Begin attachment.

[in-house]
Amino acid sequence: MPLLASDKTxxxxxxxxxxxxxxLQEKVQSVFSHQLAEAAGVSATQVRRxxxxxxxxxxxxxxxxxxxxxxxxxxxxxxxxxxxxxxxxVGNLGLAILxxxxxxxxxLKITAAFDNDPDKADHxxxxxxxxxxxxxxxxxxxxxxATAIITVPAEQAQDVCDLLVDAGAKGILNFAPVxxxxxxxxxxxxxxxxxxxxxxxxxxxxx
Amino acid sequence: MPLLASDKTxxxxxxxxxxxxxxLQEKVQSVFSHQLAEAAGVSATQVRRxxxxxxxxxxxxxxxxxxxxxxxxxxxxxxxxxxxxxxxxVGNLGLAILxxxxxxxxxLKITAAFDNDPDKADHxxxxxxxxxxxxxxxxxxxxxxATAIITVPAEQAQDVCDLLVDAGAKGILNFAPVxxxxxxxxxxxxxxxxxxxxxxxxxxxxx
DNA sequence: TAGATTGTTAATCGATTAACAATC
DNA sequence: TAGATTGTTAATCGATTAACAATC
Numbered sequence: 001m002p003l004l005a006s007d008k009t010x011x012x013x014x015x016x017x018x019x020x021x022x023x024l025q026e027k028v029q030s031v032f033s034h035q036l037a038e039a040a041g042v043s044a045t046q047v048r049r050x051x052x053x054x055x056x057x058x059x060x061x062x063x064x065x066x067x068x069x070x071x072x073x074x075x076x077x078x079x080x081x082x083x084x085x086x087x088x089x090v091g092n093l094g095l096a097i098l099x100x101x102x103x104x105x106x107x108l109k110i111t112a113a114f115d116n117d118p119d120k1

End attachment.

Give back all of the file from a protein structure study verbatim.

[in-house]
Amino acid sequence: MPLLASDKTxxxxxxxxxxxxxxLQEKVQSVFSHQLAEAAGVSATQVRRxxxxxxxxxxxxxxxxxxxxxxxxxxxxxxxxxxxxxxxxVGNLGLAILxxxxxxxxxLKITAAFDNDPDKADHxxxxxxxxxxxxxxxxxxxxxxATAIITVPAEQAQDVCDLLVDAGAKGILNFAPVxxxxxxxxxxxxxxxxxxxxxxxxxxxxx
Amino acid sequence: MPLLASDKTxxxxxxxxxxxxxxLQEKVQSVFSHQLAEAAGVSATQVRRxxxxxxxxxxxxxxxxxxxxxxxxxxxxxxxxxxxxxxxxVGNLGLAILxxxxxxxxxLKITAAFDNDPDKADHxxxxxxxxxxxxxxxxxxxxxxATAIITVPAEQAQDVCDLLVDAGAKGILNFAPVxxxxxxxxxxxxxxxxxxxxxxxxxxxxx
DNA sequence: TAGATTGTTAATCGATTAACAATC
DNA sequence: TAGATTGTTAATCGATTAACAATC
Numbered sequence: 001m002p003l004l005a006s007d008k009t010x011x012x013x014x015x016x017x018x019x020x021x022x023x024l025q026e027k028v029q030s031v032f033s034h035q036l037a038e039a040a041g042v043s044a045t046q047v048r049r050x051x052x053x054x055x056x057x058x059x060x061x062x063x064x065x066x067x068x069x070x071x072x073x074x075x076x077x078x079x080x081x082x083x084x085x086x087x088x089x090v091g092n093l094g095l096a097i098l099x100x101x102x103x104x105x106x107x108l109k110i111t112a113a114f115d116n117d118p119d120k1